cry for help

Four sobering facts about the city’s 86,000 homeless students

PHOTO: Stephanie Snyder
Chancellor Carmen Fariña reads to a group of three- and four-year-olds living at the HELP Bronx Crotona Park North shelter.

New York City’s worsening homelessness crisis is taking a punishing toll on tens of thousands of students.

That was the theme of a City Council hearing Thursday where lawmakers questioned education department officials about how they are supporting the more than 86,000 district and charter school students who live in temporary housing — a 25 percent increase since 2010. Of those students, over 23,000 live in homeless shelters.

“This is a call to action,” said Councilwoman Vanessa Gibson, whose South Bronx district has an especially high rate of student homelessness. “A cry for help.”

In response, officials announced a major new initiative: They are now sending yellow buses to pick up thousands of additional students who live in shelters. The idea is to keep those students from having to switch schools even if they move into a distant shelter, as well as to spare them from long morning commutes on mass transit.

The service will reach 2,500 students in kindergarten through sixth grade, officials said. To offer it, the city created 189 new bus routes, which will transport kids to some 750 schools.

In addition to the bus-service announcement, several other striking facts about the city’s homeless students emerged at the hearing. Here are four big takeaways.

1. Homelessness is seriously harmful to children.

Whether a child is staying in a homeless shelter, “doubled up” in an apartment with multiple families, or sleeping outside, the consequences can be grave.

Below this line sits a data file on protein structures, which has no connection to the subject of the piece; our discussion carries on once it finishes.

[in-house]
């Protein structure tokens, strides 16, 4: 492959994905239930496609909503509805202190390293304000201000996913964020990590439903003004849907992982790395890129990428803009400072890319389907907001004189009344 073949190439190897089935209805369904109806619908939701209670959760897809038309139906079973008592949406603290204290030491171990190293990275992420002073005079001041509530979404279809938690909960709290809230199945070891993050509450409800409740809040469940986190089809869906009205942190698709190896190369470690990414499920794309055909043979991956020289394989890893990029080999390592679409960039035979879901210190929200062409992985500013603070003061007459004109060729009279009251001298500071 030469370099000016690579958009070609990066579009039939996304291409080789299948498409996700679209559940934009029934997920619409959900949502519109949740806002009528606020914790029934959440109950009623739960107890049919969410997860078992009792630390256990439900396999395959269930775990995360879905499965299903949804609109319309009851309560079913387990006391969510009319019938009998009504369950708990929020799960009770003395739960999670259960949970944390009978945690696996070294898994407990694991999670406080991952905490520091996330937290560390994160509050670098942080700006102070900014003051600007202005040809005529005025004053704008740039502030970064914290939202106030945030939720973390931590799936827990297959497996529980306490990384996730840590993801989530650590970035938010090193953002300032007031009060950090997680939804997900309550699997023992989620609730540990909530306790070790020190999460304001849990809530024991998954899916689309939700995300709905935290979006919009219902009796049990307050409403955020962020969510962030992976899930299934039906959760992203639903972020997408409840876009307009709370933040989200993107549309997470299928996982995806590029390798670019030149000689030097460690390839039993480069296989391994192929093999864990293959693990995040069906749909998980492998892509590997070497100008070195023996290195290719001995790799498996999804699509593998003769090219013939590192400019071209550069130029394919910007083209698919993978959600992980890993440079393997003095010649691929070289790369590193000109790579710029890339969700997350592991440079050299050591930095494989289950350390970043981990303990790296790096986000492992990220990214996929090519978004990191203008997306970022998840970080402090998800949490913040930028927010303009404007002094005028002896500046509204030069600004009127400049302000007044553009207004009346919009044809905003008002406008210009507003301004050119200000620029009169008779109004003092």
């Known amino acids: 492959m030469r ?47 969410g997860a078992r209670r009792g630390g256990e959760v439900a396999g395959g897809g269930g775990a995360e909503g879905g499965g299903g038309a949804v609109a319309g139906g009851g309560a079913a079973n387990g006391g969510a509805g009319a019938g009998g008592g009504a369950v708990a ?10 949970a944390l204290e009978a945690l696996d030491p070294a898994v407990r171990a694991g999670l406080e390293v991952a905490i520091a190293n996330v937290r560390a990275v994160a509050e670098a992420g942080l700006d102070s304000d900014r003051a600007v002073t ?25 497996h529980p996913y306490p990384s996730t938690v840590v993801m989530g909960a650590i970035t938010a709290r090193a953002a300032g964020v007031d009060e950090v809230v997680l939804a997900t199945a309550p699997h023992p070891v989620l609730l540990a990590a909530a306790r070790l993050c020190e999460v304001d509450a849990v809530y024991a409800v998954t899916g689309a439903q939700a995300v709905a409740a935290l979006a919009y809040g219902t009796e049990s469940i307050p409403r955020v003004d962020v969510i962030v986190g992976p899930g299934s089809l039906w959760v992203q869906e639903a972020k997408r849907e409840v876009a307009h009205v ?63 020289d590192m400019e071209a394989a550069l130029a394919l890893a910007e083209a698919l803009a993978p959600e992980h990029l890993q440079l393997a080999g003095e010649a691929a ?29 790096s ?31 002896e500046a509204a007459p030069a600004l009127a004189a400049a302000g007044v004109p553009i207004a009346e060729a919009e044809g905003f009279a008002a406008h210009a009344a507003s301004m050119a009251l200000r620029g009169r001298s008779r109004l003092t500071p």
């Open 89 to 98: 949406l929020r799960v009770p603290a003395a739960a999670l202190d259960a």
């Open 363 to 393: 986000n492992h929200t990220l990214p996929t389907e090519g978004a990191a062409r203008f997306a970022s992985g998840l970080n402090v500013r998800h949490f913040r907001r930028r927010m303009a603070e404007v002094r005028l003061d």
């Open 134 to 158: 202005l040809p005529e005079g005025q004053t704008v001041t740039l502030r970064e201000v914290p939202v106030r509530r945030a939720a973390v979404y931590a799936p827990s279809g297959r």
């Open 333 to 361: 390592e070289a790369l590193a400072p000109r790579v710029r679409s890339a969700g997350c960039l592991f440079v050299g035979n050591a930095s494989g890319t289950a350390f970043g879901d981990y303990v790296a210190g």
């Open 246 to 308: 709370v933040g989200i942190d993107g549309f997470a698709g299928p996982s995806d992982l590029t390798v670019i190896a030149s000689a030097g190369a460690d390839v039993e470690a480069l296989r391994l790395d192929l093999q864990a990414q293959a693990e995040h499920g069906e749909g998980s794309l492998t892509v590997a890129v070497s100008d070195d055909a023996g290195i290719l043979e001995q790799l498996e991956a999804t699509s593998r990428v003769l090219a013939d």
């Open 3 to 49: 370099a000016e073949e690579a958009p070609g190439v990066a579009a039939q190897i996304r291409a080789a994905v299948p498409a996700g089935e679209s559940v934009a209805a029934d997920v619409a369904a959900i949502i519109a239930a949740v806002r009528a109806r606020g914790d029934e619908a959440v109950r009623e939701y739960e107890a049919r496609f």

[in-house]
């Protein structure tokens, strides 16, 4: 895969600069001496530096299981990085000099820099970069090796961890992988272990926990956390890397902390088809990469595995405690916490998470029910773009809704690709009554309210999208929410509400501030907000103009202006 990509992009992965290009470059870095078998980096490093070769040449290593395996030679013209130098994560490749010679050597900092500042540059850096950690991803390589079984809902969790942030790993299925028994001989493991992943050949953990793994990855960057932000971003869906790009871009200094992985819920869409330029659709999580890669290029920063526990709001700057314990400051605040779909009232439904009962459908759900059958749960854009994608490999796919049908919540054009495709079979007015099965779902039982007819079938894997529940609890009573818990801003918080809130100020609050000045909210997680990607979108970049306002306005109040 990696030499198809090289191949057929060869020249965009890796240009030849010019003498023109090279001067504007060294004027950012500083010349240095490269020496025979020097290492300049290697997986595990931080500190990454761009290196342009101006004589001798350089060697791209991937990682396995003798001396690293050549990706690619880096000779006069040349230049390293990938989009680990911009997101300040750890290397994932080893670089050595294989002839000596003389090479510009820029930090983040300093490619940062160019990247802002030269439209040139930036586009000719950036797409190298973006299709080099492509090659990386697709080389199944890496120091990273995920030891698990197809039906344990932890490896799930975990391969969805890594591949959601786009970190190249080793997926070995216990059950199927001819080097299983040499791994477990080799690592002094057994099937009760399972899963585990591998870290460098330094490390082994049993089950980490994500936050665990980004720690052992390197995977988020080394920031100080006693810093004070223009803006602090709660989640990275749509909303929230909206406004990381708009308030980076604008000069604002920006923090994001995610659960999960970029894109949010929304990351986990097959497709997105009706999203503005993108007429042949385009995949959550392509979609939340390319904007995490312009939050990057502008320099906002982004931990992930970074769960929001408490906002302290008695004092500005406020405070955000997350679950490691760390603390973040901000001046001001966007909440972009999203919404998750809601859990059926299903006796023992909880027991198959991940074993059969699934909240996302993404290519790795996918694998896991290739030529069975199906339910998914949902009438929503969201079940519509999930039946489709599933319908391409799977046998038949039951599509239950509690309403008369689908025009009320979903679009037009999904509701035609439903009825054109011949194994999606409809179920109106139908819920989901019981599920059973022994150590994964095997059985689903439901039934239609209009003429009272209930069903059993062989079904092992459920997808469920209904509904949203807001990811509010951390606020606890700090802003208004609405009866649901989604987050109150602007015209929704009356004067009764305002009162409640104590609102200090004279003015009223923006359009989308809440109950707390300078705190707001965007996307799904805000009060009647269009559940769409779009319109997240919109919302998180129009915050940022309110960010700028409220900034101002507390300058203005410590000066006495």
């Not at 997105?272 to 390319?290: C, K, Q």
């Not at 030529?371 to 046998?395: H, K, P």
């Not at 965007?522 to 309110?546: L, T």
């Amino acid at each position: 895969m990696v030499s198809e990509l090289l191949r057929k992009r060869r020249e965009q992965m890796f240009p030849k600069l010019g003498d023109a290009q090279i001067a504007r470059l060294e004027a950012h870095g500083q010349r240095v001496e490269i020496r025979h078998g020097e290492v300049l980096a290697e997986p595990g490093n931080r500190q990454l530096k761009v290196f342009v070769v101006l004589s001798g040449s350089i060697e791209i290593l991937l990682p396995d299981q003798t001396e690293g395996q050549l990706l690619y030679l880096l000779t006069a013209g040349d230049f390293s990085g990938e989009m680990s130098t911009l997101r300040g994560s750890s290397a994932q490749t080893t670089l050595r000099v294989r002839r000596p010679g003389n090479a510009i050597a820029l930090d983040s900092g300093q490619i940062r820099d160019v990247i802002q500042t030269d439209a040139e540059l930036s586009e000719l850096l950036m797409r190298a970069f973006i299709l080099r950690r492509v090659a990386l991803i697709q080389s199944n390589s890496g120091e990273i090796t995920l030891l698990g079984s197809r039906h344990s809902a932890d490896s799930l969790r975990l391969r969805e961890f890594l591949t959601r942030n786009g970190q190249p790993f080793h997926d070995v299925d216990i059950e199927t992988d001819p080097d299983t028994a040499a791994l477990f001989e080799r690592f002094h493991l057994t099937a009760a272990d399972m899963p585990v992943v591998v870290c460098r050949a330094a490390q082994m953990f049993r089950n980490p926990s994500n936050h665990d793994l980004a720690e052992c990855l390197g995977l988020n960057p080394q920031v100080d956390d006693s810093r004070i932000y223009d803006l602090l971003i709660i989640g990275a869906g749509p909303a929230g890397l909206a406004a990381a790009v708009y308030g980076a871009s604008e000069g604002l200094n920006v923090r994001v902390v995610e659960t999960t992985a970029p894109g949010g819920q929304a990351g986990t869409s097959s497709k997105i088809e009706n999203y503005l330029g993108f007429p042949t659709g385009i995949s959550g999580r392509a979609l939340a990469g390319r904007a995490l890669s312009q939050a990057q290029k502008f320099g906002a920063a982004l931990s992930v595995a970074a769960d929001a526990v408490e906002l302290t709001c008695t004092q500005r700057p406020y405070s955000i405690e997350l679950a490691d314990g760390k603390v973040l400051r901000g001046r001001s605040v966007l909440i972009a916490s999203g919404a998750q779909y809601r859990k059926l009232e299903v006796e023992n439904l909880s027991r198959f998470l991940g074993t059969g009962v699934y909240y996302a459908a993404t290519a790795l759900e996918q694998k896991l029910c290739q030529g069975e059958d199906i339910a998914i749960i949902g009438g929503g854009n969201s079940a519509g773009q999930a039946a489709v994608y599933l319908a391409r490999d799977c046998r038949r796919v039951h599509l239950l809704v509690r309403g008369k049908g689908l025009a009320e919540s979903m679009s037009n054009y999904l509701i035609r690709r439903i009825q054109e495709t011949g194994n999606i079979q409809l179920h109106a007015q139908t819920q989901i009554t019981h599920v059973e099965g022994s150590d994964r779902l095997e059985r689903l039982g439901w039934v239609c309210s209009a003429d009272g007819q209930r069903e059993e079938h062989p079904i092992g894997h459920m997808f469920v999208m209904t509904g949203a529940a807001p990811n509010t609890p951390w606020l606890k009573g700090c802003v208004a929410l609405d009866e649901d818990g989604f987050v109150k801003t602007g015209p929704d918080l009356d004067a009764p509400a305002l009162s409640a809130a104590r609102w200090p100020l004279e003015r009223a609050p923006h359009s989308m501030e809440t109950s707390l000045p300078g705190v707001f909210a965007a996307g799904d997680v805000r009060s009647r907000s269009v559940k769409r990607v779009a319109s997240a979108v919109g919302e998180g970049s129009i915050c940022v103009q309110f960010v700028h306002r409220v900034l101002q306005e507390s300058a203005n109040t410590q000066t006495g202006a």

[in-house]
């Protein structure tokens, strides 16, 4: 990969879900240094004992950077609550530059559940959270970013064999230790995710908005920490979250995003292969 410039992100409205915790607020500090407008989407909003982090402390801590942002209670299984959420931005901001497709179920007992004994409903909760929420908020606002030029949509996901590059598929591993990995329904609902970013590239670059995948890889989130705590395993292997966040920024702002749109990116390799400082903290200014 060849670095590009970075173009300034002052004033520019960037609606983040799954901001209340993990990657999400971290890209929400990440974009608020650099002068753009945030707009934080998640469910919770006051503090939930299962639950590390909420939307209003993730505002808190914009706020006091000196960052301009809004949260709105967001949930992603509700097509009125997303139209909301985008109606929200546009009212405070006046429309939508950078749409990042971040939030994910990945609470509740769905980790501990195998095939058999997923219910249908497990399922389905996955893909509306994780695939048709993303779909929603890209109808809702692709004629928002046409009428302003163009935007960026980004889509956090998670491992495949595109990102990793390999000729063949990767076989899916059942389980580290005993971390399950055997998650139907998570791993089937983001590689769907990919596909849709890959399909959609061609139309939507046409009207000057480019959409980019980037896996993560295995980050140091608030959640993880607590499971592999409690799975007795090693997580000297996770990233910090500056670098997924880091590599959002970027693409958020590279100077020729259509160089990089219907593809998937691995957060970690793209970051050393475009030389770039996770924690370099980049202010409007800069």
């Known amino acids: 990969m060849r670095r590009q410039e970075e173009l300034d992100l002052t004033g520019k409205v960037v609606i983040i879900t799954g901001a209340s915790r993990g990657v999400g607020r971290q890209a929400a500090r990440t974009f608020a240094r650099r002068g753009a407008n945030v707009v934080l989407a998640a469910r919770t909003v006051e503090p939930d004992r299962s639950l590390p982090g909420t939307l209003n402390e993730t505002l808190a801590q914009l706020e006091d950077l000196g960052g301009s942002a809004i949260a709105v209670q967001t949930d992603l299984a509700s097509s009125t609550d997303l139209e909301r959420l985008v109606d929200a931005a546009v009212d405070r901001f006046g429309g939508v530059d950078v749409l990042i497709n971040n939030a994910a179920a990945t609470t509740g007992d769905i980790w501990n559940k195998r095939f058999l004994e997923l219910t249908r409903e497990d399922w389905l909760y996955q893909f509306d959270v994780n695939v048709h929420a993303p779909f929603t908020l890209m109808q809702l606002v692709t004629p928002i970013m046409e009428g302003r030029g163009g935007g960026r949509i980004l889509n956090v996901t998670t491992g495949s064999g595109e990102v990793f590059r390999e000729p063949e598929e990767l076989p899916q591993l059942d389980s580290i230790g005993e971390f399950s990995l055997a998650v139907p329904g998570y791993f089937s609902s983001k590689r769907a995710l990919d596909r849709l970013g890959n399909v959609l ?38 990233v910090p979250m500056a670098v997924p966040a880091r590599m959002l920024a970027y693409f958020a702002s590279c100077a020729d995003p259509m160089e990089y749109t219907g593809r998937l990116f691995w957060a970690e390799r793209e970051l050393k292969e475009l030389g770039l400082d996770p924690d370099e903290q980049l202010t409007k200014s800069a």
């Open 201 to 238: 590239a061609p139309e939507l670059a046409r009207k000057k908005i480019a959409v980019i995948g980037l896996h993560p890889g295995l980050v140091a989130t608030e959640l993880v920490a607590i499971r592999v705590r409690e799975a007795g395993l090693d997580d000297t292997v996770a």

Homeless children go hungry at twice the rate of other children, get sick four times more often, and are three times more likely to suffer from emotional and behavioral problems compared to children who live in stable housing, according to research cited at the hearing.

Those students often struggle in school. Students living in shelters were far more likely than their peers to miss school and to be suspended, according to an analysis of 2013-14 school year data by the city’s Independent Budget Office.

Only about one in ten of those students passed the 2014 state English exams, the analysis found, compared to about 30 percent of students who live in permanent housing.

2. Homelessness hits some students harder than others.

The vast majority of students living in shelters are black or Hispanic, while most of those in shared housing are Hispanic or Asian.

Young students are most likely to be homeless. More than a third of the city’s homeless students were in pre-kindergarten through second grade in the 2013-14 school year.

Homeless youth living on their own face especially serious risks, as do lesbian, gay, bisexual, and transgender young people who are homeless. The LGBT population accounts for a disproportionate number of homeless youth, and they are at a greater risk of bullying, sexual assault, HIV infection, and mental health problems.

3. It also hits some schools harder than others.

Most homeless students are clustered in a small number of schools.

In 2013-14, just one-third of city schools served nearly 70 percent of all students who live in shelters or shared housing, according to the IBO.

Those schools, however, do not necessarily get extra funding to meet those students’ many needs. Instead, all schools that receive federal Title I money because they serve a large share of high-needs students are told to set aside $100 of that funding for each student in temporary housing, according to the IBO.

But that “$100 could not be stretched beyond a school uniform, sweatshirt, or backpack,” the IBO’s education policy analyst Liza Pappas said at the hearing.

4. “Temporary” housing can be anything but.